- [Games for girls need] to be nonviolent with lots of role playing, age appropriate adventure, a peaceful buildup and a rewarding conclusion.
- Despite reports of its demise, social satire LIVES! Dangerous High School Girls in Trouble is an RPG where "good girls get better by being bad!":
- Steal into the underbelly of your hometown. Confront oppressive adults and malicious peers. Defeat their avarice with naughty little games. Win useful tools like lip rouge, crowbars, boyfriends, and cigarette lighters.
- Halo 3 leaves girl gamers in the dark:
- A game doesn't have to be packaged into a Bubble Gum Pink case with purple and yellow flowers everywhere for girls to like it. All it has to do is have a little feminine appeal. Here are some ways Microsoft and Bungie could have turned on the light for Girl Gamers while keeping up their image with the fanboys...More
- The Official Shrub.com blog has created "Geek girl" stereotype Bingo, a scorecard for use whenever you come across an article or blog post dealing with women and gaming, technology, science, etc.
- "It's Just a Game" from the Feminist Gamers blog addresses why sexism in video games matters:
- Sexism in videogames may not be the most crucial issue on the top of the feminist agenda, but it’s not entirely unimportant, either. And to be told that there are areas of our culture that should be magically exempted from feminist critiques is a request that smacks of desperation.
- Two essays (among others) from The Escapist deal with women in games. In Women Monsters and Monstrous Women, Bonnie Ruberg addresses the question of representation:
- Should we be pushing for equal representation as the gaming other in the same way we push for equal representation as the gaming self? Why do only men get to be the bad guys? We still have to keep in mind that most gamers are male. Do we really want to provide more women for them to hunt down and kill? Of course it looks bad, but in the end, is it really any worse than killing men? These issues, while important, remain relatively unexplored. Like many questions of gender equality, they have no easy answers.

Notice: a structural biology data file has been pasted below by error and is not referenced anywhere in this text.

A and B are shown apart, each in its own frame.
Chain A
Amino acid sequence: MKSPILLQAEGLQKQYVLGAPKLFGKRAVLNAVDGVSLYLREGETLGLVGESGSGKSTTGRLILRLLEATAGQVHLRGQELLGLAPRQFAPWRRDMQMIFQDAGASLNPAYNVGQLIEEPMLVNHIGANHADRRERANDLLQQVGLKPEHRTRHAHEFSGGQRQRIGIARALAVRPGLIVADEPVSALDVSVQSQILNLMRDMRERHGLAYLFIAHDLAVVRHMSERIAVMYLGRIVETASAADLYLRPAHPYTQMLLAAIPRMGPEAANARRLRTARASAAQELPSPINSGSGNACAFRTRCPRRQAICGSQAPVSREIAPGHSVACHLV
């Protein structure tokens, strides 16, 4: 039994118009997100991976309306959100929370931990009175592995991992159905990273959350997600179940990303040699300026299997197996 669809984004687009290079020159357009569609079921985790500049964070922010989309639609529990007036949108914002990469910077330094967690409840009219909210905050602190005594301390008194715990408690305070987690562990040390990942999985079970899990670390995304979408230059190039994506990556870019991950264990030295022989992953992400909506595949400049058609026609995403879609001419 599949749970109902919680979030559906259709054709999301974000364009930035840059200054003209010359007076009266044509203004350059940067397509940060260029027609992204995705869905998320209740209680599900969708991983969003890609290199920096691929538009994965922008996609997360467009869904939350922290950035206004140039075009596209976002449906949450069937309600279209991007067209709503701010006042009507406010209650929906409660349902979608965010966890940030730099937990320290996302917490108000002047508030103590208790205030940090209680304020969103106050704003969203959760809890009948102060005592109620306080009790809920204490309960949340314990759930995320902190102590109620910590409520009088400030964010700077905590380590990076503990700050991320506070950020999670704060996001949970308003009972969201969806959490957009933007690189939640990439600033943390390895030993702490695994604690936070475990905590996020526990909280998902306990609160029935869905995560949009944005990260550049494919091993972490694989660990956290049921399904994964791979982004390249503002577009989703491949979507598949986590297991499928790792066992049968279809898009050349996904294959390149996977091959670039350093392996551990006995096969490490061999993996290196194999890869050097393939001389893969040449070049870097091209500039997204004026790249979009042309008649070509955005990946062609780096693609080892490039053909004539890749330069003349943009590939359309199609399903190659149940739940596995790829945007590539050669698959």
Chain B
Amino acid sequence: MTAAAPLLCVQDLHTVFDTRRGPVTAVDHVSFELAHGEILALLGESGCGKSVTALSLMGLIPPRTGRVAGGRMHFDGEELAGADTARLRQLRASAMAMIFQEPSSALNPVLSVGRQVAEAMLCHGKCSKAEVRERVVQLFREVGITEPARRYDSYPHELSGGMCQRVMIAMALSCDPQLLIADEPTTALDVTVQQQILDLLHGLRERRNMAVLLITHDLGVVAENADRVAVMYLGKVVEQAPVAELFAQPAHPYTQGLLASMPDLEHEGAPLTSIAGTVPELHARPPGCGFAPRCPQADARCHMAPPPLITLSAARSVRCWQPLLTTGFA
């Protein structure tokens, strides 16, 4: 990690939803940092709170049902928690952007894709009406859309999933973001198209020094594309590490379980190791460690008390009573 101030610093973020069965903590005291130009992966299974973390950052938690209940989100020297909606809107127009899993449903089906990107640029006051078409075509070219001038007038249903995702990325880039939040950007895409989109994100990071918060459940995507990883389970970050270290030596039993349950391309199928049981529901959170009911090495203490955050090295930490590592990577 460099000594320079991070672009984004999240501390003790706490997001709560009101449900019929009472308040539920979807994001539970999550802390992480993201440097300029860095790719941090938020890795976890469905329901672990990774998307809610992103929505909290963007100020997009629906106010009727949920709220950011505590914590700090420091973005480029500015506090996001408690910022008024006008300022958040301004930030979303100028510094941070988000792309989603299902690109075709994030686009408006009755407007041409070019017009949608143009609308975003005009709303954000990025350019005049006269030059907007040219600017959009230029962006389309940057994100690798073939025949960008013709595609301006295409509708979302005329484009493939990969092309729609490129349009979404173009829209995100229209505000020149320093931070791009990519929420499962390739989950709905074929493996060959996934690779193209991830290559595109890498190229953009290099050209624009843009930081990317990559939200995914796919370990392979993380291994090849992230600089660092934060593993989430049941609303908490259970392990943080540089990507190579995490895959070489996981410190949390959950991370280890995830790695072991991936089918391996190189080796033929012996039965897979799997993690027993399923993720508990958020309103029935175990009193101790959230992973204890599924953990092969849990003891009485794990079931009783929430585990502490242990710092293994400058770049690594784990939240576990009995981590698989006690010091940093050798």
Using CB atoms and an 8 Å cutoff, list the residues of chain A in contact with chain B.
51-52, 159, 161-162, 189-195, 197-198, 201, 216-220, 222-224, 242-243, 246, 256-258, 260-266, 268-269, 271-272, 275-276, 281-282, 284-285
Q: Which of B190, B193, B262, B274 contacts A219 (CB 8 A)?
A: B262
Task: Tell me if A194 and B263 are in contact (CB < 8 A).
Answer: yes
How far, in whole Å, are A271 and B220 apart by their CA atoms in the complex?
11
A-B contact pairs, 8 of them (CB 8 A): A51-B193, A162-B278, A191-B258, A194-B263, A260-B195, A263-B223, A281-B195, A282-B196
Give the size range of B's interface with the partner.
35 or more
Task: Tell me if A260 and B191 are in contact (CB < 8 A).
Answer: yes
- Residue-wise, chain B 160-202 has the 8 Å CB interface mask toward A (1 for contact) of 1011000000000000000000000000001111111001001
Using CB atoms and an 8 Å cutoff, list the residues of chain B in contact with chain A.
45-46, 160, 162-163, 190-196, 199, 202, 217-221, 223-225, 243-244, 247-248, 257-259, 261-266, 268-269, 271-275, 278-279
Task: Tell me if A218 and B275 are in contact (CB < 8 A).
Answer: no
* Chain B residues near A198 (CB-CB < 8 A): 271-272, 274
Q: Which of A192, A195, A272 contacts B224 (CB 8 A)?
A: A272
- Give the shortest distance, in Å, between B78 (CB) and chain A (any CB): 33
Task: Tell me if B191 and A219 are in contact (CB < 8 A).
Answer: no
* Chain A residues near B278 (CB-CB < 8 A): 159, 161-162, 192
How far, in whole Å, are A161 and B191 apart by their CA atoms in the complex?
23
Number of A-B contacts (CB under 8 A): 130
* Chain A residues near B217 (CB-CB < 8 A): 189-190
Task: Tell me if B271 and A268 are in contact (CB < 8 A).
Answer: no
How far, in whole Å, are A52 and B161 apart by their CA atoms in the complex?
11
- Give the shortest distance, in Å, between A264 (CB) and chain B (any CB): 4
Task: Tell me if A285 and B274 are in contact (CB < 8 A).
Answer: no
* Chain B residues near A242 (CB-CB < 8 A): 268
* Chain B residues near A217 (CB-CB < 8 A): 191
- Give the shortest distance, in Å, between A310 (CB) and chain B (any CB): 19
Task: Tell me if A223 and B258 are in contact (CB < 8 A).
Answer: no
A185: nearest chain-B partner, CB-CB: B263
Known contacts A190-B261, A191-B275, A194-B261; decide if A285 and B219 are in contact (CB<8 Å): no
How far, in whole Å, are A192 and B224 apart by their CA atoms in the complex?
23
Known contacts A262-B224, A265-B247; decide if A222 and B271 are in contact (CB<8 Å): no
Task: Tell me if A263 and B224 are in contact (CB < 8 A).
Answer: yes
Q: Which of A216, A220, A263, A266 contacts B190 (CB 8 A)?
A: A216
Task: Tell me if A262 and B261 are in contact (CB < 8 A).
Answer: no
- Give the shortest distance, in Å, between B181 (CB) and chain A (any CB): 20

- In Holding Out for a Heroine, Erin Hoffman has a dream:
- Somewhere in the uncharted plains of videogame potential, in the
wild primal cloud of yet-nascent human ideas, is my perfect heroine. I
don't know what she looks like or where she's from, but I know she's a
manifestation of despair and triumph, of trial and overcoming, of
badass throw-down and ephemeral grace. She's a creature of fire and
passion tempered by intellect, of depth and history and complexity. She
will surprise me and challenge me, and when we bring down her
arch-nemesis - perhaps a phantom from her past, perhaps a threat to all
she stands for - our unified victory will be unmatched; the world will
echo with the lamentation of our fallen foes.
And I know she has never seen life on the screen.
- Somewhere in the uncharted plains of videogame potential, in the wild primal cloud of yet-nascent human ideas, is my perfect heroine. I don't know what she looks like or where she's from, but I know she's a manifestation of despair and triumph, of trial and overcoming, of badass throw-down and ephemeral grace. She's a creature of fire and passion tempered by intellect, of depth and history and complexity. She will surprise me and challenge me, and when we bring down her arch-nemesis - perhaps a phantom from her past, perhaps a threat to all she stands for - our unified victory will be unmatched; the world will echo with the lamentation of our fallen foes.
- Finally, Girl in the Machine has a fascinating piece called Live in Purity and then Die which analyzes the PS2 game Fatal Frame (AKA Project Zero):
- Fatal Frame is, in my opinion, one of the most terrifying experiences on the Playstation 2, beating its two sequels by a landslide when it comes to scares. Its estrogen-enriched cast is one of its many perks, and a storyline that details young women overcoming the cruelty brought upon them by old, superstitious tradition is a more than relevant parallel to the experiences of women today.
As I said, these merely scratch the surface, but I hope they're a useful snapshot. If game designers were half as interested in these questions as bloggers, I wonder how different the video game landscape would look.